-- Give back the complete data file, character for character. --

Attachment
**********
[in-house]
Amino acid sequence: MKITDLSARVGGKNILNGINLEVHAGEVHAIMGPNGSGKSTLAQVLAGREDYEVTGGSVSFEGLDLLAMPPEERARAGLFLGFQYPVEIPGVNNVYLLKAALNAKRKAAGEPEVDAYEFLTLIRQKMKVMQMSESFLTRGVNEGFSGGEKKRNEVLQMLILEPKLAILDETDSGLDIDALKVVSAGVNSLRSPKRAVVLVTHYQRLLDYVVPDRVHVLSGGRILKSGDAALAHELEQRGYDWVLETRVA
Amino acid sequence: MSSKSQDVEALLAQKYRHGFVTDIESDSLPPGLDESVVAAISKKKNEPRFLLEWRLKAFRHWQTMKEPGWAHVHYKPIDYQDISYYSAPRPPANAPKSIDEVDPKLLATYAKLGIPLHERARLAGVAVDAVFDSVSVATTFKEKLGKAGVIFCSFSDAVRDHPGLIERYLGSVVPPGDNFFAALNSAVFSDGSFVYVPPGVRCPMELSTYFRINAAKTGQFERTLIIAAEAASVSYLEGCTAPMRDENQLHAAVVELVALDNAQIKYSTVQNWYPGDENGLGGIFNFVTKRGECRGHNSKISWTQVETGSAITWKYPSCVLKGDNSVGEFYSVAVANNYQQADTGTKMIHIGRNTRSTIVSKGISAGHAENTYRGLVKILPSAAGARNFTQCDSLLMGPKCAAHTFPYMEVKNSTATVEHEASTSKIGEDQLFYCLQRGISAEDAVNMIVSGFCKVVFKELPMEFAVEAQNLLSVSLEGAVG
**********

[in-house]
Amino acid sequence: MKITDLSARVGGKNILNGINLEVHAGEVHAIMGPNGSGKSTLAQVLAGREDYEVTGGSVSFEGLDLLAMPPEERARAGLFLGFQYPVEIPGVNNVYLLKAALNAKRKAAGEPEVDAYEFLTLIRQKMKVMQMSESFLTRGVNEGFSGGEKKRNEVLQMLILEPKLAILDETDSGLDIDALKVVSAGVNSLRSPKRAVVLVTHYQRLLDYVVPDRVHVLSGGRILKSGDAALAHELEQRGYDWVLETRVA
Amino acid sequence: MSSKSQDVEALLAQKYRHGFVTDIESDSLPPGLDESVVAAISKKKNEPRFLLEWRLKAFRHWQTMKEPGWAHVHYKPIDYQDISYYSAPRPPANAPKSIDEVDPKLLATYAKLGIPLHERARLAGVAVDAVFDSVSVATTFKEKLGKAGVIFCSFSDAVRDHPGLIERYLGSVVPPGDNFFAALNSAVFSDGSFVYVPPGVRCPMELSTYFRINAAKTGQFERTLIIAAEAASVSYLEGCTAPMRDENQLHAAVVELVALDNAQIKYSTVQNWYPGDENGLGGIFNFVTKRGECRGHNSKISWTQVETGSAITWKYPSCVLKGDNSVGEFYSVAVANNYQQADTGTKMIHIGRNTRSTIVSKGISAGHAENTYRGLVKILPSAAGARNFTQCDSLLMGPKCAAHTFPYMEVKNSTATVEHEASTSKIGEDQLFYCLQRGISAEDAVNMIVSGFCKVVFKELPMEFAVEAQNLLSVSLEGAVG